The fiscal deficit this year is projected at about N2.4trn or 2.18% of GDP. The projected debt-to-revenue ratio and debt service are 49% and N1.02trn respectively. The deficit will be financed primarily through borrowing. The optimal blend of domestic/external debt obligations is 60/40 according to the DMO’s medium-term strategy. However, it seems the FGN intends to stick to a 54/46 blend.

The ratio for the FGN at end-2016 was 76/24 and its debt at end-2016, domestic and external combined, represented 14.9% of GDP which compares favourably with its sovereign peers with B+/B credit ratings.

The FGN made a good start to its financing programme for this year with the successful US$1bn, 15-year Eurobond issuance in February. The authorities also aim to collect US$300m from the sale of diaspora bonds this year. When the size of the diaspora is considered, this seems to be a modest beginning.

Additionally, within the N1.25trn projection for domestic financing in the budget proposals, the FGN looks to raise N20bn from the issue of Nigeria’s first green bond. Proceeds from this will be geared towards environmentally friendly projects. Furthermore, the DMO and SEC are working together on a maiden sovereign sukuk (Islamic bond). It is understood that issuance would initially be in local currency.

Returning to the expected expenditure structure for this year, the FGN intends to spend N151bn on electricity supply, N57bn on housing, N348bn on road construction and N191bn on revamping of airports. For the latter, a few specific projects include the completion of airport control towers at Benin, Akure, Kaduna, Ibadan and Ilorin. In addition to this, the FGN intends to expand and upgrade the Lagos international airport which would assist with improving business tourism in Nigeria.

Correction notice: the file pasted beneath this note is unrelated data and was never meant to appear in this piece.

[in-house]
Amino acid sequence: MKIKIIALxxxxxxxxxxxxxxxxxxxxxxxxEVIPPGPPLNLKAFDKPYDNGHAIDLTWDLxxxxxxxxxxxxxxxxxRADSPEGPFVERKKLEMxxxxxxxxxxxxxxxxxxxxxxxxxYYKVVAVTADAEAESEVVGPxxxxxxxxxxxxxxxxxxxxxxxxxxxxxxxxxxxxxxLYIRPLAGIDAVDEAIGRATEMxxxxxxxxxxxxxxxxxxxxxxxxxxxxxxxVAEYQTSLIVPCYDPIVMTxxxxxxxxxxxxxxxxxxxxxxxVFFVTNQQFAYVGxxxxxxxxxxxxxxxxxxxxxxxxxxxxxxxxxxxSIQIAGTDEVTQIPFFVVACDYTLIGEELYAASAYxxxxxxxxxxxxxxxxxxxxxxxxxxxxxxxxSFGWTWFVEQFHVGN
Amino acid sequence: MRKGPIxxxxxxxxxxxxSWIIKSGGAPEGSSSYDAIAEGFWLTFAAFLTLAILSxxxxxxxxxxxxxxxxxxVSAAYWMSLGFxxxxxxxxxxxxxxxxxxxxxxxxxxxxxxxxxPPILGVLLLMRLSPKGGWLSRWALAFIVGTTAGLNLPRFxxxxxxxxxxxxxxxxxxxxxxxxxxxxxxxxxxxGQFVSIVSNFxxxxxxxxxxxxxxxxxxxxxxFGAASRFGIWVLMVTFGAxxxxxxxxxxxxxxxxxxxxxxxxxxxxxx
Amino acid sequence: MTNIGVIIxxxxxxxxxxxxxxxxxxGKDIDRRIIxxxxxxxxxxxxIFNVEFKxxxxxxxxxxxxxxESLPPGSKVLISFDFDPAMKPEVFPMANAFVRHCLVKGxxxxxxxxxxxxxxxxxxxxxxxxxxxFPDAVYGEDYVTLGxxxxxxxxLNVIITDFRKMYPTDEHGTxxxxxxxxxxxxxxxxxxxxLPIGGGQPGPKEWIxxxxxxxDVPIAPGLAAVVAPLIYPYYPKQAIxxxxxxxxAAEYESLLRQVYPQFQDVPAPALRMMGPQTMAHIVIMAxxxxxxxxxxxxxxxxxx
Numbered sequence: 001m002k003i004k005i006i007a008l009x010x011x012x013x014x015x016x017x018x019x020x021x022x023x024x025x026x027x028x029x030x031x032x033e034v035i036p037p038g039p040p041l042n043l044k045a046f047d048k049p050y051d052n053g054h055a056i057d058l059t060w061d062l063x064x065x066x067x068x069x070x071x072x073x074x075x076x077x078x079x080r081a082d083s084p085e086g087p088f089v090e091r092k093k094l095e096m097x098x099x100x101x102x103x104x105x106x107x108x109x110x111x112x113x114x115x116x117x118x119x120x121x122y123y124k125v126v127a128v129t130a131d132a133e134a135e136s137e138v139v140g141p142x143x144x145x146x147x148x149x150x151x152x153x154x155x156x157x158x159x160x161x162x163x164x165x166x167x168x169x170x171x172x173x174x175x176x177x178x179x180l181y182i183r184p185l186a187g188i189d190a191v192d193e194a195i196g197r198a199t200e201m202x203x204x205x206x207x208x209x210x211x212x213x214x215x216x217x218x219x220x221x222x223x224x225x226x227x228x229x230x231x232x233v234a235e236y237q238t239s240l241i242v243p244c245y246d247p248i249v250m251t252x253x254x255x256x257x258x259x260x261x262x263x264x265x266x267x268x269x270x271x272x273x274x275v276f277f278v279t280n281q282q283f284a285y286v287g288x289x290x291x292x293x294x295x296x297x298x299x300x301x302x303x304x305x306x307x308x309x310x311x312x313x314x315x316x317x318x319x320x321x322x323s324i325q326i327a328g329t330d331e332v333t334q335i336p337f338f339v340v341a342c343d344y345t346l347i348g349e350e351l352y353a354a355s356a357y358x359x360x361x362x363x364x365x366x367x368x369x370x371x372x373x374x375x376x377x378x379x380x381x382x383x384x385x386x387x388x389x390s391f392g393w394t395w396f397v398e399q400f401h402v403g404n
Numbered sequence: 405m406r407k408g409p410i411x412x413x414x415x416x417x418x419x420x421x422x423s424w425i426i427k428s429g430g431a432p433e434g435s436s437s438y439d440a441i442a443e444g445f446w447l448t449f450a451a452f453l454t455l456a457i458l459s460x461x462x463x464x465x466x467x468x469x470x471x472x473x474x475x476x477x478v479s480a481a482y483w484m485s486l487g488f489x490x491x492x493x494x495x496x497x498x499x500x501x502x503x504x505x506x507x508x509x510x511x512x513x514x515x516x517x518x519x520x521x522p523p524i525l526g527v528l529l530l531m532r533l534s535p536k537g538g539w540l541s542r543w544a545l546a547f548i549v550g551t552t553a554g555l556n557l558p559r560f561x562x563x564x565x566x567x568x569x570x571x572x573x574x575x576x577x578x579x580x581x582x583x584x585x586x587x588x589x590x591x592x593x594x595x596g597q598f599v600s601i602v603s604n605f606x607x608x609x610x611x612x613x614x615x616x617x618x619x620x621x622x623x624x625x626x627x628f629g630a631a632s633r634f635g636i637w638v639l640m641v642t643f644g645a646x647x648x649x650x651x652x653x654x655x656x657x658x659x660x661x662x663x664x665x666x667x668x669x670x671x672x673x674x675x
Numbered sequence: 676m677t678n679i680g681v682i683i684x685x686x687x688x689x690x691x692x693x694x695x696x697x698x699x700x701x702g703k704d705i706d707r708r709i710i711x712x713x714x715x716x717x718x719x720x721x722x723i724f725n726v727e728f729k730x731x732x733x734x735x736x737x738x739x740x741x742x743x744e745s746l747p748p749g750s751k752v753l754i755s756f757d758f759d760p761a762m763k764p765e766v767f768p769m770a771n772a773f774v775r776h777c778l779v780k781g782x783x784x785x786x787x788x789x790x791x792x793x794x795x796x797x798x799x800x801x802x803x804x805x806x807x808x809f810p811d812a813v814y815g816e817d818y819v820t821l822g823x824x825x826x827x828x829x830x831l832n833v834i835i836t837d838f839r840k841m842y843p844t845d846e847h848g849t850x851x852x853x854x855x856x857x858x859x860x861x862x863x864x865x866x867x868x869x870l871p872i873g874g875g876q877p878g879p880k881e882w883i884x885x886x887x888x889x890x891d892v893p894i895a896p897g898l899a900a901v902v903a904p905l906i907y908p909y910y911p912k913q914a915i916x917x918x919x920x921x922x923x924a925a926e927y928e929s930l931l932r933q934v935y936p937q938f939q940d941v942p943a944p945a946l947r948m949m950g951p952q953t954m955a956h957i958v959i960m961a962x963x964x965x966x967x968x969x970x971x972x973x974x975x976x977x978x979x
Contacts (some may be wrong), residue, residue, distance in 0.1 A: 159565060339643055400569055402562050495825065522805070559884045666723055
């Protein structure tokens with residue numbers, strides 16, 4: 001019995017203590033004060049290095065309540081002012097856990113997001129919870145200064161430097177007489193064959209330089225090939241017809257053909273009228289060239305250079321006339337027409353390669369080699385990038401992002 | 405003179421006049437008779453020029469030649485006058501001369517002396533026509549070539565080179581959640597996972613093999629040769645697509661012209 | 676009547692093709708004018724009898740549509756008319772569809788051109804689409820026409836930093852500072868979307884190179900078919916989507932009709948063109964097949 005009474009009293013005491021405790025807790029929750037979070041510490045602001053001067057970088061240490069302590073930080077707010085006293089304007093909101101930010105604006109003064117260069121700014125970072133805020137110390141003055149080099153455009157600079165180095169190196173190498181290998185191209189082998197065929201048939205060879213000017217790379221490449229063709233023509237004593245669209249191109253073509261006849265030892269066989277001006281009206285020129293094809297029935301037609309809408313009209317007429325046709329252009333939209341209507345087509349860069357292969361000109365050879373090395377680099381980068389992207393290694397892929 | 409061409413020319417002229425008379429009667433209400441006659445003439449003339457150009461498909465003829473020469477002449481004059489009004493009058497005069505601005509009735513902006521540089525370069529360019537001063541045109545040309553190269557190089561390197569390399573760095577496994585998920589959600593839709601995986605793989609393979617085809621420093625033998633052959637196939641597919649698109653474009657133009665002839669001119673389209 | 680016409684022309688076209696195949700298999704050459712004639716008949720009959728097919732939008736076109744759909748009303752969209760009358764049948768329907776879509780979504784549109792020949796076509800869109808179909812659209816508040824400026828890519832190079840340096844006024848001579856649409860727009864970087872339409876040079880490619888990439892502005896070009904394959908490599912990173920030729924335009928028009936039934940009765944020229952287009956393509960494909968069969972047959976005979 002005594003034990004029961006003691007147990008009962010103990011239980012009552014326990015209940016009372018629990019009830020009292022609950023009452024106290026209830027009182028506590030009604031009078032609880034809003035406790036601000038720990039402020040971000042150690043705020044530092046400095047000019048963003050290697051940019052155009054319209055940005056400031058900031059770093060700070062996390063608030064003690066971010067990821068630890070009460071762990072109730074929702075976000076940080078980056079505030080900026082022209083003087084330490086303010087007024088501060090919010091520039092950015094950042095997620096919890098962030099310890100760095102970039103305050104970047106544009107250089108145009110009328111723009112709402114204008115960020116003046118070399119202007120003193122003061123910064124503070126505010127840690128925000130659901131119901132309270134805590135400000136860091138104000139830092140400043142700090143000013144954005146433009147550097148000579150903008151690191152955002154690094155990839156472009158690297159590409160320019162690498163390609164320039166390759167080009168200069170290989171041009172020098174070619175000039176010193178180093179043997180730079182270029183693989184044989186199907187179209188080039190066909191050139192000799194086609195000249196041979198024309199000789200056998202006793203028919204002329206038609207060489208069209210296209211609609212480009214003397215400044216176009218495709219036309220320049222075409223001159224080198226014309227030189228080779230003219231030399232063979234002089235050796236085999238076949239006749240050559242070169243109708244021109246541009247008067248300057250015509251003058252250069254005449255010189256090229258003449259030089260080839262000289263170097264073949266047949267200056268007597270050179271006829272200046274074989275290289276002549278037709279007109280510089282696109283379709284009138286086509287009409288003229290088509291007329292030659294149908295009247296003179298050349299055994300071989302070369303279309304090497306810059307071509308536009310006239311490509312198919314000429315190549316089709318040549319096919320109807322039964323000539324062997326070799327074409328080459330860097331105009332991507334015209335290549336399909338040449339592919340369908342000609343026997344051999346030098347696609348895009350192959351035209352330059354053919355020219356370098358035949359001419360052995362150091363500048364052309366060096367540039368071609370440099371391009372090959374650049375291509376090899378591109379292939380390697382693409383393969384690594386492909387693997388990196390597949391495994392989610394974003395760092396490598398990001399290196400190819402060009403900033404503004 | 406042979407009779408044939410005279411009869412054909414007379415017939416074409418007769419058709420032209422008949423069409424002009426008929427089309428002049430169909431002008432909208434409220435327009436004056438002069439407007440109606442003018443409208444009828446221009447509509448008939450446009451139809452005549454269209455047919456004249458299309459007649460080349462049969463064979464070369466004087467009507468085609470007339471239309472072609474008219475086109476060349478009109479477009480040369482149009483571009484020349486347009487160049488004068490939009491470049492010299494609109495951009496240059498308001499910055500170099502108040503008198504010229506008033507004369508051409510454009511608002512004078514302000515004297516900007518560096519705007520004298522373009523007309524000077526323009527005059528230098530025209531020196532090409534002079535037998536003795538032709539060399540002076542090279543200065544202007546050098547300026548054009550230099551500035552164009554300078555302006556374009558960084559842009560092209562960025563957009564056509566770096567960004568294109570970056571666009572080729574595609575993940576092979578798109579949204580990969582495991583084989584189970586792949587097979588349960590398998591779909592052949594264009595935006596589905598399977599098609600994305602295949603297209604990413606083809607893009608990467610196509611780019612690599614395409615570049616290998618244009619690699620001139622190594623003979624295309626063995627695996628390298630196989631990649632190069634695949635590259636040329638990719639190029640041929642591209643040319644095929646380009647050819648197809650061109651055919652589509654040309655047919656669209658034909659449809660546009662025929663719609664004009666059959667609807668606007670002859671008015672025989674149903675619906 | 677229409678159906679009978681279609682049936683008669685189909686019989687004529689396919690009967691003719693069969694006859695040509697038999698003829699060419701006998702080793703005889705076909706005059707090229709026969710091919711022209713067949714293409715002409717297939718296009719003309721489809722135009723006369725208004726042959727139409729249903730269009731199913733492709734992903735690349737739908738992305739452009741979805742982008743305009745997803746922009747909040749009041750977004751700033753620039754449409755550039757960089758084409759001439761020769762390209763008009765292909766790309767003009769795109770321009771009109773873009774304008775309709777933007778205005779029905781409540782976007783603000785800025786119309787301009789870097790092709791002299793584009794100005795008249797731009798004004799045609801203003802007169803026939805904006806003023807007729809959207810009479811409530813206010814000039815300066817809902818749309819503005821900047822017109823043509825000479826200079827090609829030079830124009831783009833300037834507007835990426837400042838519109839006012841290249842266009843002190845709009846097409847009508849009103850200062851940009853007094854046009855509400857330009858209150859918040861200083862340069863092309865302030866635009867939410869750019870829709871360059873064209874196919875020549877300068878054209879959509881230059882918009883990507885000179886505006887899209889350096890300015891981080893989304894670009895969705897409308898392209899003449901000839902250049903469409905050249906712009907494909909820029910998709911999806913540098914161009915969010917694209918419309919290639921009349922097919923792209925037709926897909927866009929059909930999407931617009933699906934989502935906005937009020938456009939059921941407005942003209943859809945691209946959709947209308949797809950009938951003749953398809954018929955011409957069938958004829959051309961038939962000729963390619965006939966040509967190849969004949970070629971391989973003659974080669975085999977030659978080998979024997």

These investments should support other sectors of the economy (agriculture, manufacturing etc.) and by extension create more jobs.

Regarding socio-economic investments from the FGN’s capital expenditure structure, the ministry of health is expected to receive N51bn. This is 79% higher than its allocation last year, but accounts for just 2.3% of total capital expenditure. Meanwhile, education is slated to receive N200bn, 42% higher than the amount recorded last year but also just 2.3% of the total. Additionally, N500bn has been set aside for the expansion of the social investment programmes the FGN introduced last year.

Once the budget implementation begins and with the assumption that capital releases are not slow, the real economy should kick-start. For instance, construction should pick-up. Furthermore, better circulation of money supply should assist with stimulating household pockets thereby affecting demand positively.

Although an expansionary budget is the FGN’s choice to combat the macro challenges, fiscal discipline is still required and as such cautious spending needs to be adopted. The efficiency unit has attained commendable milestones. However, the need to block leakages cannot be overemphasized.
•Chinwe Egwim is a Macro Economist & Fixed Income Analyst at FBN Capital